The first-generation 5G phones on Sprint’s network will only pick up 4G LTE signals now.
What you need to know
- T-Mobile has deactivated Sprint’s 2.5GHz mid-band 5G network as it continues to re-deploy the spectrum into its integrated 5G network.
- T-Mobile had started repurposing Sprint’s mid-band spectrum in April, soon after its merger with Sprint was closed.
- Owners of first-gen 5G phones such as the OnePlus 7 Pro 5G and the Samsung Galaxy S10 5G will need to upgrade to a newer phone to be able to access T-Mobile’s new integrated 5G network.
Shortly after T-Mobile completed its merger with Sprint in April, the two carriers began the process of combining their networks. As part of that process, T-Mobile has now shut down Sprint’s 2.5GHz mid-band 5G service.
T-Mobile has already re-deployed the new 2.5GHz spectrum in New York City, which is currently the only market where the carrier is offering 5G by combining low-band, mid-band, and mmWave 5G. The 2.5GHz spectrum has also been re-deployed in parts of Chicago, Houston, and Los Angeles.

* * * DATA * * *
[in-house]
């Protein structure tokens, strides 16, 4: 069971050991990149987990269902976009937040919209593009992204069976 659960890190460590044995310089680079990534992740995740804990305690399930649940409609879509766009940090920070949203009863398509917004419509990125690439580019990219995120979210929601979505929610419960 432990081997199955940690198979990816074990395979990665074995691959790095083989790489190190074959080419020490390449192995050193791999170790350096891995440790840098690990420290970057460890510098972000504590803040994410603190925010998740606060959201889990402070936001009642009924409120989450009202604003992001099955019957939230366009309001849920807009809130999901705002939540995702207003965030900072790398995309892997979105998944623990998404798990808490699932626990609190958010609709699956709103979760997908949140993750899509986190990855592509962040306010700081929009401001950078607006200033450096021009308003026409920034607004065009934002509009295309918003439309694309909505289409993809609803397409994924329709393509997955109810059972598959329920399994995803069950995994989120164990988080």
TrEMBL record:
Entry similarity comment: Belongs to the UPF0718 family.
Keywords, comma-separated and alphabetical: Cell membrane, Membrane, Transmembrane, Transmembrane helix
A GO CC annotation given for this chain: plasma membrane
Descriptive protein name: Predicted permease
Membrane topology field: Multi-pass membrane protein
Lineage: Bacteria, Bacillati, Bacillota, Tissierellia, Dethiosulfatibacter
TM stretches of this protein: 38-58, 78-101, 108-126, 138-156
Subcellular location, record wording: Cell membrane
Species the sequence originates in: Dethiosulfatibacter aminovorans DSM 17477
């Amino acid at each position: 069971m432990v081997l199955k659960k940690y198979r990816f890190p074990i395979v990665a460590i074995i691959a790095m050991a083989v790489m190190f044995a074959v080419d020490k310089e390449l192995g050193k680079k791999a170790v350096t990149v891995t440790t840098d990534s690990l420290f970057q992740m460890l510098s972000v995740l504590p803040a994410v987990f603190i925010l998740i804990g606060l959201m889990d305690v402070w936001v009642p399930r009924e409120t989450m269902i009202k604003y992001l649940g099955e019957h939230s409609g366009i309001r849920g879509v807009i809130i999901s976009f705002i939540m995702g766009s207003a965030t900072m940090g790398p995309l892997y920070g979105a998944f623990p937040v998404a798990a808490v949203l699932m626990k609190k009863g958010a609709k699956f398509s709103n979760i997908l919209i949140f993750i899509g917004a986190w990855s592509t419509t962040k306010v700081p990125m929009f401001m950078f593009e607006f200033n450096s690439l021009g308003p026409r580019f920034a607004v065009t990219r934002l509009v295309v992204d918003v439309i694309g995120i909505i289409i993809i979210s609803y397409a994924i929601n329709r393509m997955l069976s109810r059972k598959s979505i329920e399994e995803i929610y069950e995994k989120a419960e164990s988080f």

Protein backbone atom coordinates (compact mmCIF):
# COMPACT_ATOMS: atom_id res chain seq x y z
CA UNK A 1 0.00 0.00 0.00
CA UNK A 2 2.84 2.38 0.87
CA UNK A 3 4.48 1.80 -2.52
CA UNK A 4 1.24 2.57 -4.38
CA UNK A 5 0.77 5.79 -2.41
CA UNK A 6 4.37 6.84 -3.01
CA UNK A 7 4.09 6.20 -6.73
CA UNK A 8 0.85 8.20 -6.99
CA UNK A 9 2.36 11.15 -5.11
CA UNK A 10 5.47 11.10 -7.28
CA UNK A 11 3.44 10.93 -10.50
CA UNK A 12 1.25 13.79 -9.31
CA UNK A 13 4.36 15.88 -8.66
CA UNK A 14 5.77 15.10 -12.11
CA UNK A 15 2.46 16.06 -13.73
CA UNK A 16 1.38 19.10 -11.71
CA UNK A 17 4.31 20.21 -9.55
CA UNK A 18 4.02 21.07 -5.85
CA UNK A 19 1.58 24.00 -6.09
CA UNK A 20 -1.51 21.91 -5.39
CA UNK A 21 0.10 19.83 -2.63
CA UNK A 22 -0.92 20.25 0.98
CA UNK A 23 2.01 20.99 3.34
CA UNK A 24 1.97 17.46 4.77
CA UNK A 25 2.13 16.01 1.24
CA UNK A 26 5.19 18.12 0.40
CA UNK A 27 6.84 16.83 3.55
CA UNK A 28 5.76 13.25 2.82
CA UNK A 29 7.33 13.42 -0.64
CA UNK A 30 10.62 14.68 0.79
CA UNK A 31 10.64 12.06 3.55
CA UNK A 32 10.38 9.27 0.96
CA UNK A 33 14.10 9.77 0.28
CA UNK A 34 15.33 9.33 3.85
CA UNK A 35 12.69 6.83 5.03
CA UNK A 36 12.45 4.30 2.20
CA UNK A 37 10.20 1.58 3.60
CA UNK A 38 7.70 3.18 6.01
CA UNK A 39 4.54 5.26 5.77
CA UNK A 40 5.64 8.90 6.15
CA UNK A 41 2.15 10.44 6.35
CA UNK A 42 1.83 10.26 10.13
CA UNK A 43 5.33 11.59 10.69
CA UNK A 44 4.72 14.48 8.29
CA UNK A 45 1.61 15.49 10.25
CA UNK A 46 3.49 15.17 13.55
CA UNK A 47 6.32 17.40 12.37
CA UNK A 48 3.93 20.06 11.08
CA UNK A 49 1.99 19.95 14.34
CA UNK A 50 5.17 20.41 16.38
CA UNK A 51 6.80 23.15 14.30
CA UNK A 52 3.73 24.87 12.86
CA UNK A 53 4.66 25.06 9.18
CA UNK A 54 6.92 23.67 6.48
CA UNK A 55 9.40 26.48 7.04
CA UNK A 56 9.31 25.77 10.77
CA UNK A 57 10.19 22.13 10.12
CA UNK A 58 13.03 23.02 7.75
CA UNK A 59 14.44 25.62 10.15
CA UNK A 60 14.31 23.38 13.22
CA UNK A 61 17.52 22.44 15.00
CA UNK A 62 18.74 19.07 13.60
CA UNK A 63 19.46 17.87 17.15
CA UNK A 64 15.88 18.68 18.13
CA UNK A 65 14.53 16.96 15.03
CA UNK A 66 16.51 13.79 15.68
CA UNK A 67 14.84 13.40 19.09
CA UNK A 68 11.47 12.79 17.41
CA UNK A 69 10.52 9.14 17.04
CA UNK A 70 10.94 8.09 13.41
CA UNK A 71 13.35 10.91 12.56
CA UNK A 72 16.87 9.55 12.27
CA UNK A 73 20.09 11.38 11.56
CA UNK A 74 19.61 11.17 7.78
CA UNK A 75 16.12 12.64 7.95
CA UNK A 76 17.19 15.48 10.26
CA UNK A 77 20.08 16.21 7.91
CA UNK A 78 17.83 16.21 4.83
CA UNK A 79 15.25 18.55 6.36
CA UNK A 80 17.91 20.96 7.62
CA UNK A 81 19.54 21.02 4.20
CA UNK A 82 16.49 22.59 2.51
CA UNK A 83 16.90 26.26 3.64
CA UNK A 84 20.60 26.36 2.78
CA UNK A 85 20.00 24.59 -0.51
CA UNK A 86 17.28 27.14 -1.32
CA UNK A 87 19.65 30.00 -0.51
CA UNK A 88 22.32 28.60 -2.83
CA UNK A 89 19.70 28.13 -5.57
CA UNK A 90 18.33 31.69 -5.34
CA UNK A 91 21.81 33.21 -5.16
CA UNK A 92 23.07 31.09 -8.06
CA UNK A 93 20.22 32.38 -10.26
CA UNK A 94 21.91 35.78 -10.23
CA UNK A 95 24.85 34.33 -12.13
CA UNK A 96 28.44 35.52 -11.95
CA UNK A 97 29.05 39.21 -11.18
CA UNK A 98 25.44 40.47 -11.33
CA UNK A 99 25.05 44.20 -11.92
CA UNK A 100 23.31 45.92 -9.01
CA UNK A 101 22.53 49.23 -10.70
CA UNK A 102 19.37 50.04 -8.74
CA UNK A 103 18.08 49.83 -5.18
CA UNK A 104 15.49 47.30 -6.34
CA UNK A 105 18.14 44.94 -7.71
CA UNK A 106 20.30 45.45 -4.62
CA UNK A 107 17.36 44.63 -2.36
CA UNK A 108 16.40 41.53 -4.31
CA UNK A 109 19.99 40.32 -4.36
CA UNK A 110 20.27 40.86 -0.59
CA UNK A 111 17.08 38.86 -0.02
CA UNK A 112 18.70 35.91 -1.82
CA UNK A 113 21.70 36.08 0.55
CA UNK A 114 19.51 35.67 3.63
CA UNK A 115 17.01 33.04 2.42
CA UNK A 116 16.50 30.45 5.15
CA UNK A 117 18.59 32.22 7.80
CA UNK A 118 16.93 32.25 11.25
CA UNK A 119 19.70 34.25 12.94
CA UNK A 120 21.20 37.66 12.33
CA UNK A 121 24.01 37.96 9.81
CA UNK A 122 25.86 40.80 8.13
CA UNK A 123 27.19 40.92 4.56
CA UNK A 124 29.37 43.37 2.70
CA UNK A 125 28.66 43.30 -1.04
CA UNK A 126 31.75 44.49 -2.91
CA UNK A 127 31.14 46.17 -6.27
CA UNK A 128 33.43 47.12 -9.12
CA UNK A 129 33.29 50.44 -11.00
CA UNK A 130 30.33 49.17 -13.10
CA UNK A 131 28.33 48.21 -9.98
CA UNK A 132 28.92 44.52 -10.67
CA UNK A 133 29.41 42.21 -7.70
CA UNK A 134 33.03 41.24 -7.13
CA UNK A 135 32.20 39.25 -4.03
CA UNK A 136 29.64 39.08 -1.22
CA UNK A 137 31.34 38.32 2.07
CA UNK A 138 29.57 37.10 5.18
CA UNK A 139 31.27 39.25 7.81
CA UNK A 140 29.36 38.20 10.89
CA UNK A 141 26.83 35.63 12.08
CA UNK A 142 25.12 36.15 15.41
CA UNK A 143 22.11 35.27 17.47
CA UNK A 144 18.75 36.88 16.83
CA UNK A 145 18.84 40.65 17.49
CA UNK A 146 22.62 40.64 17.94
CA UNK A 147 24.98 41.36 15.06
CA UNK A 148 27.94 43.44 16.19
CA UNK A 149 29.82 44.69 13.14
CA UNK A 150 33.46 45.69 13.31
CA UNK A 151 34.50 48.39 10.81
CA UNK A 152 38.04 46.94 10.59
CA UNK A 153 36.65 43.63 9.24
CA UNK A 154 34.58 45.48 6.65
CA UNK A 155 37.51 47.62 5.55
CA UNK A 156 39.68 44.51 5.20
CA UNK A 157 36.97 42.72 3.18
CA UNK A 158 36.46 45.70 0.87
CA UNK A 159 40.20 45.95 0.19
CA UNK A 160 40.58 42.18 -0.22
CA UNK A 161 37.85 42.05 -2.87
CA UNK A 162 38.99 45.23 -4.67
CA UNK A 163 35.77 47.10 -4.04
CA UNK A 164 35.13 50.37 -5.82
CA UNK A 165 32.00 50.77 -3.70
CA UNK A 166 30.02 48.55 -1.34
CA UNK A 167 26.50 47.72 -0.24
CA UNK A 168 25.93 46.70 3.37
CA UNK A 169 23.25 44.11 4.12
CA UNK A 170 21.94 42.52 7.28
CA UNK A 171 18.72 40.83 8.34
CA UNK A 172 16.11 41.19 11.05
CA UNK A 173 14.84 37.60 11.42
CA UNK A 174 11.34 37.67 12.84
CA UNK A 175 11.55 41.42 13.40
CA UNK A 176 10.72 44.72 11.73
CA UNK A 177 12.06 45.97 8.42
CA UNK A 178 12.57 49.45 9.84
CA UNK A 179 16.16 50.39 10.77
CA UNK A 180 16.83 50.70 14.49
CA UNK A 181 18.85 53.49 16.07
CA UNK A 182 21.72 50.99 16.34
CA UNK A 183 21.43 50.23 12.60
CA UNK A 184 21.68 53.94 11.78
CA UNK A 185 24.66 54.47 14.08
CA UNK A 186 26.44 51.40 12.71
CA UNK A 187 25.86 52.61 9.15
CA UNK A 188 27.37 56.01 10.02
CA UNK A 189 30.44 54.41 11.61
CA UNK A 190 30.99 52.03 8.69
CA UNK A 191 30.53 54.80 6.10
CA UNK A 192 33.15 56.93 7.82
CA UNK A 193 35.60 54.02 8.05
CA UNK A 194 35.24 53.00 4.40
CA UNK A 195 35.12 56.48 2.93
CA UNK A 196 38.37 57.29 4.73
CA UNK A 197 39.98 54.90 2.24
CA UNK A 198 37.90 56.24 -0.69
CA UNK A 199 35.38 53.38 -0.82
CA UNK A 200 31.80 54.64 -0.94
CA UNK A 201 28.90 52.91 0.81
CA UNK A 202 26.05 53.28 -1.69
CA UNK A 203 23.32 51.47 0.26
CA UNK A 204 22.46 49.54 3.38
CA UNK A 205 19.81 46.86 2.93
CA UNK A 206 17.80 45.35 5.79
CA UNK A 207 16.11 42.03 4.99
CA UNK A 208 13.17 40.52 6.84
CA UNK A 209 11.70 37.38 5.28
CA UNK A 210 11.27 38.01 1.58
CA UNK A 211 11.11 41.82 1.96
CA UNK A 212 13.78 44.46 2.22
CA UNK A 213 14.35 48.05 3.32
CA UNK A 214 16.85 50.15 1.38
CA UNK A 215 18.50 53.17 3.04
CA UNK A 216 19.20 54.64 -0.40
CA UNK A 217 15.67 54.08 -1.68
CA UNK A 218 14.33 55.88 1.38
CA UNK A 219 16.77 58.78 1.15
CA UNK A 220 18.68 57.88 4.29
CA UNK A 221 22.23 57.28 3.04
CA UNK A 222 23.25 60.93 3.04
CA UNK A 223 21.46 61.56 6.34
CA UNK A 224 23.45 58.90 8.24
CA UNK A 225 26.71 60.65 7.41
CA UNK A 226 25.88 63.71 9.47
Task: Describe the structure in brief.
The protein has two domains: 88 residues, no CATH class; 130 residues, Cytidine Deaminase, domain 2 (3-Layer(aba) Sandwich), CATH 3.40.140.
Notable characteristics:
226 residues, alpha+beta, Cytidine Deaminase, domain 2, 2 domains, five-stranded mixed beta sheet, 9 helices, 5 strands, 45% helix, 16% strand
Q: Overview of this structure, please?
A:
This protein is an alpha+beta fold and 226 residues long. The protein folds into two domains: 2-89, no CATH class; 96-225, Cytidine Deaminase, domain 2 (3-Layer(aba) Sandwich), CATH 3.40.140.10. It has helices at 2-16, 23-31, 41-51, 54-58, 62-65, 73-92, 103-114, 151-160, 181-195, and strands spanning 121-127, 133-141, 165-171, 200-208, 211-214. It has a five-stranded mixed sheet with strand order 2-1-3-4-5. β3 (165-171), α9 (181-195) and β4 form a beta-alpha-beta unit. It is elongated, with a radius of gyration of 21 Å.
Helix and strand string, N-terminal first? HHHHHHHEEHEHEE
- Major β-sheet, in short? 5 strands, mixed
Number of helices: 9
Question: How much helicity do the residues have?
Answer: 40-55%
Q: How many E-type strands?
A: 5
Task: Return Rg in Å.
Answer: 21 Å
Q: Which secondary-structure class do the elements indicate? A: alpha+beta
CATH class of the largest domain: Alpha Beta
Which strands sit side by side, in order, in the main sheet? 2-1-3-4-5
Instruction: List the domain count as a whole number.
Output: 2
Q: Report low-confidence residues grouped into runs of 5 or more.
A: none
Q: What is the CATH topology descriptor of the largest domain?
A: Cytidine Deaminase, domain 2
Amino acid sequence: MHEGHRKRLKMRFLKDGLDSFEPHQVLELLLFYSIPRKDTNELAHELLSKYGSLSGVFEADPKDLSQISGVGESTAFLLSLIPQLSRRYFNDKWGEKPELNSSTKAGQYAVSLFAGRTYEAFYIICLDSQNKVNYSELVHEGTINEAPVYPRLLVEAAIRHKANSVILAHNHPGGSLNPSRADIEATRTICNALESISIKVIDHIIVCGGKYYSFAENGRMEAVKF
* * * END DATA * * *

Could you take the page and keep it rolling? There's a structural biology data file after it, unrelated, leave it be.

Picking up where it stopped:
Sprint’s 5G service is no longer accessible to customers who have older 5G-enabled smartphones like the Galaxy S10 5G, OnePlus 7 Pro 5G, and the LG V50 ThinQ. If you own any of these phones, you will have to upgrade to a newer 5G phone that uses Qualcomm’s latest Snapdragon X55 5G modem to be able to access T-Mobile’s 5G network. Apart from the Galaxy S20 5G, phones like the LG V60 ThinQ and OnePlus 8 5G are also compatible with the Magenta carrier’s 5G network.
In a statement sent to Fierce Wireless, a T-Mobile spokesperson said:
We are working to quickly re-deploy, optimize and test the 2.5 GHz spectrum before lighting it up on the T-Mobile network. In the meantime, legacy Sprint customers with compatible devices can enjoy T-Mobile’s nationwide 5G network
5G on T-Mobile & Sprint: Everything you need to know